April 27, 2020
Since mid-March the Fed has purchased $561bn of agency mortgage-backed securities as part of its effort to stabilize the sector. The buying has been focused on the UMBS 30-year 2.5% and 3.0% coupons. To put the scale of buying into context, during the sums of QE1 in 2008/2009 and QE3 in 2012/2013, the Fed bought about $1.4tn of mortgages; each of these episodes took over a year to complete.
The Fed has been ratcheting down its announced purchases over the past several weeks. The announced daily total of mortgage purchases has been reduced from a peak of ~$50bn/day to a planned $8bn/day this week. The lower daily purchases still offer strong support and at a level that is similar or better than what the Fed did during QE3.
The Fed also announced they will no longer be buying UMBS 30-year 4.0s or 15-year 3.0s. There was some modest widening in these coupons after the announcement.
The scale of Fed purchases has significantly reduced price and spread volatility in the sector. Prices have been pushed far higher and spreads have narrowed from distressed levels. For example, the price of FNMA 30-year 3.00s was approximately $100-20 on March 20, and today these securities are bid near $105-13. Daily price changes of mortgages are down to single digit ticks instead of points a few weeks ago. Over the past week, nominal spreads on 15- and 30-year MBS to Treasurys have tightened 16 bps and 6 bps, respectively.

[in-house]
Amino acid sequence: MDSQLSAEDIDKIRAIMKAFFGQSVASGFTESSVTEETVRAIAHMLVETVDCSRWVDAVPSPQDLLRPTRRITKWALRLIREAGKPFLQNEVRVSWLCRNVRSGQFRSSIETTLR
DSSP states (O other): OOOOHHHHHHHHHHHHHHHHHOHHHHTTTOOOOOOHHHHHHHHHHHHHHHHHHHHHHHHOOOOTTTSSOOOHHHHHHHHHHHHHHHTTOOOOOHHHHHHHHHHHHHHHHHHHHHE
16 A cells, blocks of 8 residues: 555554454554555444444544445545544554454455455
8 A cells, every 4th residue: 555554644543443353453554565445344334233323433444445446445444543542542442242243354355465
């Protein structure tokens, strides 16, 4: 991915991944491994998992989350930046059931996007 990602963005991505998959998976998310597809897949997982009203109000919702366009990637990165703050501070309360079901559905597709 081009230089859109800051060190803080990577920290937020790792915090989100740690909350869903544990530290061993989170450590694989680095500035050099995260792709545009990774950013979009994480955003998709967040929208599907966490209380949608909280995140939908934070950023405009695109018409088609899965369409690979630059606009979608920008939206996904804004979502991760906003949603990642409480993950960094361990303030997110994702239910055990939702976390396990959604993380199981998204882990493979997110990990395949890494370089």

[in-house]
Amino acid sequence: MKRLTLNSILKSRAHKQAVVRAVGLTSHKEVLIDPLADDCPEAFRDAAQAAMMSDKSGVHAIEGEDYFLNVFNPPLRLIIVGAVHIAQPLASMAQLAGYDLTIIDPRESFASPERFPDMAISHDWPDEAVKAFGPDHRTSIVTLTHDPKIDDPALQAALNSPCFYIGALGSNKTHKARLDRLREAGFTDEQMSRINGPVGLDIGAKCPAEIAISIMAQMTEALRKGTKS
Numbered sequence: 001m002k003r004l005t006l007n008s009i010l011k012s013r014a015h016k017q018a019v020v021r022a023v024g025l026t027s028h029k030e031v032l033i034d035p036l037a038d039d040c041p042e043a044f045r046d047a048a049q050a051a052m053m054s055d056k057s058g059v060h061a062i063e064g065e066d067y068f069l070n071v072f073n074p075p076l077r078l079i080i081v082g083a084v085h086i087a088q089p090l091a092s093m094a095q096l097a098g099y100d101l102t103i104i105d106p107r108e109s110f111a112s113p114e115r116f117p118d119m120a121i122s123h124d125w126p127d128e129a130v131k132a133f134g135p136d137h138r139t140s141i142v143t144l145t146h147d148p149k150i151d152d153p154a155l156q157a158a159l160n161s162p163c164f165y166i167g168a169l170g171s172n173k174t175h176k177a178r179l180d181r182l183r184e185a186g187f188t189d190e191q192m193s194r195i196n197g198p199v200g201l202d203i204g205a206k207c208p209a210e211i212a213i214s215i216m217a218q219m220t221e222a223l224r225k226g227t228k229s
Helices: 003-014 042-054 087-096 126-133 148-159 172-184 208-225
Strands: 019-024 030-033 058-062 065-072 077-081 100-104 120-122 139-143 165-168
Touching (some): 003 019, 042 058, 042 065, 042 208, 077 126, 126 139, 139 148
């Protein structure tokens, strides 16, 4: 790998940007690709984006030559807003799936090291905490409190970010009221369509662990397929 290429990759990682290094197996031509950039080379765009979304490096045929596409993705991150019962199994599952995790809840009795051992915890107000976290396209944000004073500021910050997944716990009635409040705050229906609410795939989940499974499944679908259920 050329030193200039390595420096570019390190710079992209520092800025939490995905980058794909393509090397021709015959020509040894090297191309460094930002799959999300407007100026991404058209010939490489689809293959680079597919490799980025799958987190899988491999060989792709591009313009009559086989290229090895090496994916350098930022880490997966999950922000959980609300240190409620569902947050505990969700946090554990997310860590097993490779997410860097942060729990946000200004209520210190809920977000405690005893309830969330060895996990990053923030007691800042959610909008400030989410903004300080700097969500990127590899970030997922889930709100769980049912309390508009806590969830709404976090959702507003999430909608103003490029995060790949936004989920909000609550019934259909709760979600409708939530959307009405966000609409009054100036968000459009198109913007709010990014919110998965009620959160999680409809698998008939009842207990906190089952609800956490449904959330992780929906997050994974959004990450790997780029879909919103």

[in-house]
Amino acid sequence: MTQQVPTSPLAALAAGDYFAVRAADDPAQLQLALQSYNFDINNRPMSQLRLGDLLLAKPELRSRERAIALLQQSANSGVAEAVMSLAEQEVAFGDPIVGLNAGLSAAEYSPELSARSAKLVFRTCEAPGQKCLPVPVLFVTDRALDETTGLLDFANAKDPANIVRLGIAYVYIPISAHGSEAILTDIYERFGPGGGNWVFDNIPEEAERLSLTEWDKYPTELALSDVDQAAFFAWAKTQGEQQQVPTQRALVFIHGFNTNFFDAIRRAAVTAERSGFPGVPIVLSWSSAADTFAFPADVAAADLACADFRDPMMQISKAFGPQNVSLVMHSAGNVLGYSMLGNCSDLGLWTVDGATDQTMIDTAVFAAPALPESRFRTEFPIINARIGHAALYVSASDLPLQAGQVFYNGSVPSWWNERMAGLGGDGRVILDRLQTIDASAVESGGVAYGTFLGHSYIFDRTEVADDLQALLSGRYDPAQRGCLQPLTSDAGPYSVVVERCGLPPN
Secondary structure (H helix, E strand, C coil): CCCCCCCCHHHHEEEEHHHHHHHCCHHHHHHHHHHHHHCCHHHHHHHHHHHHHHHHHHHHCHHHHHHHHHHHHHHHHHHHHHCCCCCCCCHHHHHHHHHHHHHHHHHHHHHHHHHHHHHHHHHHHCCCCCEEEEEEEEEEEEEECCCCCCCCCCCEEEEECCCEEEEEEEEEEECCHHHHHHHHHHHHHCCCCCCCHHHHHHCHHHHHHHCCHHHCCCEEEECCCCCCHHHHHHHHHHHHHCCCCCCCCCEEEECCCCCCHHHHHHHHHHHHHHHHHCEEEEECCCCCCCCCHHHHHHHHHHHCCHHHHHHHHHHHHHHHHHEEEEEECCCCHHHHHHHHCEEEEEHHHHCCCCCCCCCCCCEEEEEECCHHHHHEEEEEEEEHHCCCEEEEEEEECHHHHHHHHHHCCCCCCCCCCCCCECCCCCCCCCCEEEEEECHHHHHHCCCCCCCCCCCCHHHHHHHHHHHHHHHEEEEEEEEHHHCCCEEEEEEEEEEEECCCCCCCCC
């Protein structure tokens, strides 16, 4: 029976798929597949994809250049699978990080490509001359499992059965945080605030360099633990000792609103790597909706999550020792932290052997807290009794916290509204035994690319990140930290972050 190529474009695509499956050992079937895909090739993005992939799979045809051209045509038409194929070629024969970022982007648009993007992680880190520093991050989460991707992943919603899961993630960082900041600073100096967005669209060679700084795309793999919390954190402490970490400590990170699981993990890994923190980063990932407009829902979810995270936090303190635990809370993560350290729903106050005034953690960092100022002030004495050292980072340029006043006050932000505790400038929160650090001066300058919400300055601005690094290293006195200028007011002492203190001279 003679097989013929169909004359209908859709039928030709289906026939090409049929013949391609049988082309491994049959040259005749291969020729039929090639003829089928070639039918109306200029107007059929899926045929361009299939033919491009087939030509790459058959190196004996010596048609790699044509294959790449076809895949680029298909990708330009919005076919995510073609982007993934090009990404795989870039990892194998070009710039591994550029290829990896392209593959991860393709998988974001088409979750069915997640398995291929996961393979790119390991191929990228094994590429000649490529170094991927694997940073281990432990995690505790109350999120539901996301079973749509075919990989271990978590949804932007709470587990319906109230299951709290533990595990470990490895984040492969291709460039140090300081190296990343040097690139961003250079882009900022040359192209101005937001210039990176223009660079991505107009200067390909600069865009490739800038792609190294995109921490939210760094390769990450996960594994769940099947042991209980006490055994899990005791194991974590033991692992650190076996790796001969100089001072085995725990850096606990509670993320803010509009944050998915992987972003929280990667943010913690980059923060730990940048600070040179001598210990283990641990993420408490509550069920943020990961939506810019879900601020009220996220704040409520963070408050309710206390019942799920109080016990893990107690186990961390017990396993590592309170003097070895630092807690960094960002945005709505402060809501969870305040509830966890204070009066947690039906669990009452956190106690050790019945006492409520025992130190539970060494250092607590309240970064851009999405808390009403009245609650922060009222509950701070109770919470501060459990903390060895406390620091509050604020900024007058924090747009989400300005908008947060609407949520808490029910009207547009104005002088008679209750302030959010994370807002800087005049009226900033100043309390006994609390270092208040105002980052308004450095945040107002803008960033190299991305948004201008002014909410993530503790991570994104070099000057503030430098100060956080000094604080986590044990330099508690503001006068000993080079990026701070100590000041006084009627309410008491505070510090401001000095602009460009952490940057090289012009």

Financial institutions continue to sell TBA-deliverable securities, due to the improvement in pricing over the past month. Proceeds and new investments have been focused on non-deliverable MBS and sectors with wider spreads (CMOs, CMBS, Municipals, Corporates). The Fed’s buying program does not provide price assistance to non-deliverable MBS securities. Therefore, spreads are wider for GNMA 15-year pools, and both GNMA (MJM 3.5s) and conventional pools (CK 3.5s) collateralized by jumbo loans. Last week we also saw customers buying 20-year 2.5s and 15-year 2.0s.
Mortgage Rates and Refinance Activity
Mortgage rates were relatively stable last week, with 15-year increasing 5 bps to 3.13% and 30-year increased 3 bps to 3.56%. These rates are near the lowest mortgage rates observed since 2012. Mortgage volume appears to be settling into a new normal, as refinance demand stays high and purchase demand sits at a five-year low. For the week ended April 17, new applications for home purchases rose 2.1% during the week after falling 33% over five consecutive weekly declines. Applications for refinance pulled back 0.8% during the week but were a sharp 225% higher than one year ago.
Michael S. Erhardt, CPA
Senior Vice President, Investment Strategies
Vining Sparks IBG, LP